A decade ago, when Martha transformed Kmart’s domestics area, she took what was a disorganized collection of outdated merchandise that often failed to coordinate across product categories and created a cohesive, original brand story. In general, this provided upgraded quality at a great value and received a good response from the customer. It was groundbreaking at the time.

While Macy’s is not ripe for such a dramatic transformation, I believe that this was a smart move for them, and that the Martha Stewart Collection will be a success.

Since the Macy’s launch will take place in 2007 and Martha’s agreement with Sears Holdings will be maintained until 2009, she will be covering most levels of the market, at least for a while.

Smart woman!

Paula Rosenblum
Guest
14 years 10 months ago

Another toe stub by Kmart/Sears and a big win for Macy’s. Would have loved to see Martha-branded Kenmore appliances….

Martha has a big following and is viewed as a very strong female – her personal issues actually raised her respect level among more upscale, professional women.

I expect this to be a big winner.

Carol Spieckerman
Guest
14 years 10 months ago

Great move for Macy’s and unfortunate lapse from Kmart. Lampert has not seen fit to help Martha spread her brand wings post-merger so this is no surprise. Martha’s Macy’s deal combined with her recently-announced (and I think completely innovative and brilliant) alliance with KB Homes that has KB designing Martha-inspired homes in dedicated communities (of course with the option of buying the full dream by filling them with Martha furnishings and accessories) will make this rock for Macy’s and Martha.

Carol Spieckerman
Guest
14 years 10 months ago

Quick additional posting – Martha made the announcement on her show this morning complete with an in-person champagne toast with Mr. Lundgren and $100 Macy’s gift certificates for everyone in the audience. He mentioned the KB association and limitless potential in multiple home furnishings categories. Talk about a cross-promotion bonanza for Macy’s.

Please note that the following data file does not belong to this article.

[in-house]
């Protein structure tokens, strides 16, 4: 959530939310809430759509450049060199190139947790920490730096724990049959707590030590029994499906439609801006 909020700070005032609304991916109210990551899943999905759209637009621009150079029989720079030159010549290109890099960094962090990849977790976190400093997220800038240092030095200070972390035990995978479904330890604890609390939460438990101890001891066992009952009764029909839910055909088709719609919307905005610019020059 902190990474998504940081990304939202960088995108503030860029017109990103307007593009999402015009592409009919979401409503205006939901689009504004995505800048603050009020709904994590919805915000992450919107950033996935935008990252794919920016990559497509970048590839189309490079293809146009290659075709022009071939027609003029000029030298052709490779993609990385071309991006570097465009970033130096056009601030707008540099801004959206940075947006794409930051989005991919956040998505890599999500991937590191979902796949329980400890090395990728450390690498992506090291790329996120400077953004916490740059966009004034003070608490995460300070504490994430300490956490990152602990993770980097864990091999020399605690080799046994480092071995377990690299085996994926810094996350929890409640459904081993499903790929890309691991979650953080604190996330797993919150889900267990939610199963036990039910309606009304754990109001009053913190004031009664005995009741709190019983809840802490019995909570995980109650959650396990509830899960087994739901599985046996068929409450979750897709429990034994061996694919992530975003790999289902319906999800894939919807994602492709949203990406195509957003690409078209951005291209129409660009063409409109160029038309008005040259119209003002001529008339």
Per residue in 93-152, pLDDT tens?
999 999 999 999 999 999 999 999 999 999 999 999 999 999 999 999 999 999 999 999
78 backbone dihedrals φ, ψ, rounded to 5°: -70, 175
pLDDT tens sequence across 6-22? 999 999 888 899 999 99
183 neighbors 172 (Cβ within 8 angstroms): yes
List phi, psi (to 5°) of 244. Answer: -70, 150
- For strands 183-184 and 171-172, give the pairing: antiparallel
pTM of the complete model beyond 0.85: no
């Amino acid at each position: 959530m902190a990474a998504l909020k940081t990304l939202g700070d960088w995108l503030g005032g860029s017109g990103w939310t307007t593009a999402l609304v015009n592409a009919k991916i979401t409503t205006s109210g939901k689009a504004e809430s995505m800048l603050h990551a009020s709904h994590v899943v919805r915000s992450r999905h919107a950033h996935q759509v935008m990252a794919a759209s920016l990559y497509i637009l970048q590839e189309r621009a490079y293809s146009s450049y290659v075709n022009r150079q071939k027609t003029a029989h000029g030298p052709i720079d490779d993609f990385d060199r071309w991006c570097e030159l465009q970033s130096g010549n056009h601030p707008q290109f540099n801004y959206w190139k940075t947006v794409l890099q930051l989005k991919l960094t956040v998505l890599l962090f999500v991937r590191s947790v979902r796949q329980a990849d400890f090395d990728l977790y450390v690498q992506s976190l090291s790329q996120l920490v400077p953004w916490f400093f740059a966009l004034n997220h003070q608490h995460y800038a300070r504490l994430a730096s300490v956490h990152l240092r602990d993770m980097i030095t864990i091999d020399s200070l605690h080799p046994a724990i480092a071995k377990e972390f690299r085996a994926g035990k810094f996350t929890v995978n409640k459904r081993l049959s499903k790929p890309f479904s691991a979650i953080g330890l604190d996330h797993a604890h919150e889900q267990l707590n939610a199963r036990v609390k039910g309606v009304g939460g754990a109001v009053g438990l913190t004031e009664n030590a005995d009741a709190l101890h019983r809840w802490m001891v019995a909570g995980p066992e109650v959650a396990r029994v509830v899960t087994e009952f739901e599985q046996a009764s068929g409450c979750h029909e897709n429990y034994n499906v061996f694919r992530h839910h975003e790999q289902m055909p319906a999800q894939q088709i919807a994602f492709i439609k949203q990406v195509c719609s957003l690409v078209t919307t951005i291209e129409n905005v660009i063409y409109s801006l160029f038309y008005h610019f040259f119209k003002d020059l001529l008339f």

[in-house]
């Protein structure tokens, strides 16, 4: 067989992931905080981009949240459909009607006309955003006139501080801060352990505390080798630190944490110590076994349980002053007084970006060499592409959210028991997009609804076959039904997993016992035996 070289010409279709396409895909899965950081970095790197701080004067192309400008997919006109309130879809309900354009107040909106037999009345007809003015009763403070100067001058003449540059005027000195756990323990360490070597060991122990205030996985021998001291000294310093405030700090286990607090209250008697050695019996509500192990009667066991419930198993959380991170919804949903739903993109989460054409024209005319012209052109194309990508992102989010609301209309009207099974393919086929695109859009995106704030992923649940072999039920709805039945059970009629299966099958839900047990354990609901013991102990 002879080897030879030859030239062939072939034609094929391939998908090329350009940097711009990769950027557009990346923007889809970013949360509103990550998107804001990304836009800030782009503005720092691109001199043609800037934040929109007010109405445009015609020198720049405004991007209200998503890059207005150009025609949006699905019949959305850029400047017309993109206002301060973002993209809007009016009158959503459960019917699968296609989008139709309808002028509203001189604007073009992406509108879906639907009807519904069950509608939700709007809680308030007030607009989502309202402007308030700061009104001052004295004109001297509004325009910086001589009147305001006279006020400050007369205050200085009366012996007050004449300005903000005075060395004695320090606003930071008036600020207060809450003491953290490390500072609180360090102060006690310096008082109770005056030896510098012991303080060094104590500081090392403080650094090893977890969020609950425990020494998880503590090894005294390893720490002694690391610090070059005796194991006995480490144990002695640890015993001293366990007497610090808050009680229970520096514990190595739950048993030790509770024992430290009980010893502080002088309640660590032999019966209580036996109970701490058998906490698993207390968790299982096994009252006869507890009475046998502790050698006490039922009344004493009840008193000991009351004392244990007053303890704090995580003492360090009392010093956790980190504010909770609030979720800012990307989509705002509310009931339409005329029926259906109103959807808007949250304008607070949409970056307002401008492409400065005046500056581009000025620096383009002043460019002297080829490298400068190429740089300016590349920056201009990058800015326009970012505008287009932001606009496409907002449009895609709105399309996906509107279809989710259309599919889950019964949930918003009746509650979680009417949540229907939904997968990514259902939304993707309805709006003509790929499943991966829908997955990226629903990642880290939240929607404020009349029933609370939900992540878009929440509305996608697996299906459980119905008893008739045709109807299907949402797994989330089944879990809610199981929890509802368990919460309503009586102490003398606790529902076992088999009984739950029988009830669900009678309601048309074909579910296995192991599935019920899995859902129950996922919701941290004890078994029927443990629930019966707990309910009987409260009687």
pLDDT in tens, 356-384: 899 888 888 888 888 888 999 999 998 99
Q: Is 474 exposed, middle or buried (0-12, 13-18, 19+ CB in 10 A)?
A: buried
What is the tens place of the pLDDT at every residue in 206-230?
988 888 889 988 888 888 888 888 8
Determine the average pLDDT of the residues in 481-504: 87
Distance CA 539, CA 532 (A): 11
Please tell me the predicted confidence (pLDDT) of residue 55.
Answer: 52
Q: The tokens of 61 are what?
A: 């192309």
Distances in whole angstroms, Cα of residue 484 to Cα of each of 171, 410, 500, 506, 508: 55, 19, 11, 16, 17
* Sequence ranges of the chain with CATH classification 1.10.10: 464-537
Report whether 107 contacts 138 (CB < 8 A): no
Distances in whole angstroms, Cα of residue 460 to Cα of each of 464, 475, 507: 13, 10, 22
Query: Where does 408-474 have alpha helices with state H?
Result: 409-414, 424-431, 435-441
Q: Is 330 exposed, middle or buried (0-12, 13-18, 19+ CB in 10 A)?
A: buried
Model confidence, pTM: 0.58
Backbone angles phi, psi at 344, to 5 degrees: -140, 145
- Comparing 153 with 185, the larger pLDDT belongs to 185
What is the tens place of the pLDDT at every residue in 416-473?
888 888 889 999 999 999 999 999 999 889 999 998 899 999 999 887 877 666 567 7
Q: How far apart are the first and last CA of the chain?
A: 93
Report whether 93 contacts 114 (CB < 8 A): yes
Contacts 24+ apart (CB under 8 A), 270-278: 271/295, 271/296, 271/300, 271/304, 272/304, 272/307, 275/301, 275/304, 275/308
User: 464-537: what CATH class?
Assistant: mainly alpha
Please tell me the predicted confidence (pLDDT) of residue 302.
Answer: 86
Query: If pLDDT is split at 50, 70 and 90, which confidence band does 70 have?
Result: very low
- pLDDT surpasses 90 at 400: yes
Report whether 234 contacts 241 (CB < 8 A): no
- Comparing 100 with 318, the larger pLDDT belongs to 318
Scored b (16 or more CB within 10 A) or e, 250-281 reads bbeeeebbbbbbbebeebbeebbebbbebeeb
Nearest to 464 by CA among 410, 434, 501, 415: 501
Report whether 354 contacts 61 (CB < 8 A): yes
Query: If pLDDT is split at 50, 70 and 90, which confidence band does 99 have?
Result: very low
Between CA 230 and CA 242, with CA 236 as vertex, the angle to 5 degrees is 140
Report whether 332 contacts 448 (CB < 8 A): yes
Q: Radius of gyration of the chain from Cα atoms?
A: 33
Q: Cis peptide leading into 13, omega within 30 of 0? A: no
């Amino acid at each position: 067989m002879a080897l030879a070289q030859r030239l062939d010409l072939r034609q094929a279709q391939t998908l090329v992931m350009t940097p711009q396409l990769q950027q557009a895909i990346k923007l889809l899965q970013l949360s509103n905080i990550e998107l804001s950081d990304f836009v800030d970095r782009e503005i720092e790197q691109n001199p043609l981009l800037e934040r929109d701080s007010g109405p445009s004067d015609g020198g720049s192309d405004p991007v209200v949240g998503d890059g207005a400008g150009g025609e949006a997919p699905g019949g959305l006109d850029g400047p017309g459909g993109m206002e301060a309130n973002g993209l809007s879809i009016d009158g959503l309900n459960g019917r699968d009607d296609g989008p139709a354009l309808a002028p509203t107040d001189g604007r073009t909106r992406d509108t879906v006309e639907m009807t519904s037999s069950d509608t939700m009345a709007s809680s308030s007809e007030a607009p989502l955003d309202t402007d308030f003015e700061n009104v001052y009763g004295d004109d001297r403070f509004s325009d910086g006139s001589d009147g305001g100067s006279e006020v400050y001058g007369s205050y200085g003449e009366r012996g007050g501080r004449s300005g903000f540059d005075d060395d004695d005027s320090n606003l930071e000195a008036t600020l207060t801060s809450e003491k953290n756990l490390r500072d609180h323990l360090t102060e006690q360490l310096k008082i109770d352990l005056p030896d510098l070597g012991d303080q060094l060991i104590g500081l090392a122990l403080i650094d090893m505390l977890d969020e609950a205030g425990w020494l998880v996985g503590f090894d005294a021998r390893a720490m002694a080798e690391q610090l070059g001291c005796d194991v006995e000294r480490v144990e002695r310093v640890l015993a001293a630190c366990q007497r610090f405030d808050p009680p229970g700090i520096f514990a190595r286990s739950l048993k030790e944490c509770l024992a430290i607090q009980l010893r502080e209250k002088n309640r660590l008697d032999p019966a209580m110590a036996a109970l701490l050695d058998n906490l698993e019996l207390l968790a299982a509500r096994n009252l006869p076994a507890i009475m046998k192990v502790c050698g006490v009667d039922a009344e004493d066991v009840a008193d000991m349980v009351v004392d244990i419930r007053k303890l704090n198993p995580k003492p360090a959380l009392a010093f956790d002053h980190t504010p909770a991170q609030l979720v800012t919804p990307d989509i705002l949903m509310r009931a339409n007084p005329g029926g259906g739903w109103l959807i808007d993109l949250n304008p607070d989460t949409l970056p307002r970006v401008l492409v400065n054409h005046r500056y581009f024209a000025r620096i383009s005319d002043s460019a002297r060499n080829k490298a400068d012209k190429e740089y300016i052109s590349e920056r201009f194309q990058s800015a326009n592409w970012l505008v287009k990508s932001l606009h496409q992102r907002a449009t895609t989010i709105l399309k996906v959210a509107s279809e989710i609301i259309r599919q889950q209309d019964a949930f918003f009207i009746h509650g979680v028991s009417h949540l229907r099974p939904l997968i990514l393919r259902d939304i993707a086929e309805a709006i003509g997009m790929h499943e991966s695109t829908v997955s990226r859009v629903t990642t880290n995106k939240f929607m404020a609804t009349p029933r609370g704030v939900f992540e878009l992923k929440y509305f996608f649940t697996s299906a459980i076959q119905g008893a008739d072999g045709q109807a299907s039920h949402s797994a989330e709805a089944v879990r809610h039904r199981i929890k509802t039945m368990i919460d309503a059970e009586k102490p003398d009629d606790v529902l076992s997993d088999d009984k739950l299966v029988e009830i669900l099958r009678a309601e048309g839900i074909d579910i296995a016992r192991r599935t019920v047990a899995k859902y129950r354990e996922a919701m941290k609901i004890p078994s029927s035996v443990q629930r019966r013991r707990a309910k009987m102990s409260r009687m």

Tom Bales
Guest
Tom Bales
14 years 10 months ago

Martha Stewart would be stupid not to move beyond Kmart where it seems no real effort is being made to increase the sales of her products and no effort made to extend her product line into the Sears stores in spite of Lampert’s claims in regard to the “joining” of two retailers and Aylwin Lewis’ references to the “power of one.”

SHC is simply not making any effort to promote her lines or to increase sales, preferring to set its own goals based on “margin” and enhancing shareholder value. As I said, she would be stupid not to break out of what is rapidly becoming a drag on her own bottom line as well as her reputation and Martha Stewart is simply NOT stupid.

Gene Hoffman
Guest
Gene Hoffman
14 years 10 months ago

The Martha-Macy’s deal will add some new appeal to Federated’s assortments as well as rankle Mr. Lampert. Martha is smart to leverage her brand into two large chains. Botton line: Shrewd move by a smart businesswoman; a good move for Macy’s. But, on balance, Martha wins this one.

Doug Fleener
Guest
14 years 10 months ago

Martha still has a large following and I believe her brand will only continue to get stronger. I think it is a good move for Macy’s to compete with Target and Bed Bath & Beyond. As Macy’s has gone more and more to private label products on the clothing side, having a brand like Martha on the hardlines makes sense.

I’m sure that Sears will tell us that Martha doing something with Macy’s is good for them. Personally, I think it is another spiral turn down for the Sears/Kmart venture.

Ryan Mathews
Guest
14 years 10 months ago

Ask not what Martha can do for Macy’s. Ask what Macy’s can do for Martha.

Stephan Kouzomis
Guest
Stephan Kouzomis
14 years 10 months ago

She’s back! And even better than in the past. Stock is climbing!

This serves as a testament of a Brand’s staying power and strength to absorb negative situations; and then, move ahead!

Hmmmmmmmmmmmmmmmmmmmmmmmmmmmmmmmmmmmmmmmmmmmmmmmmmmmmmmmmm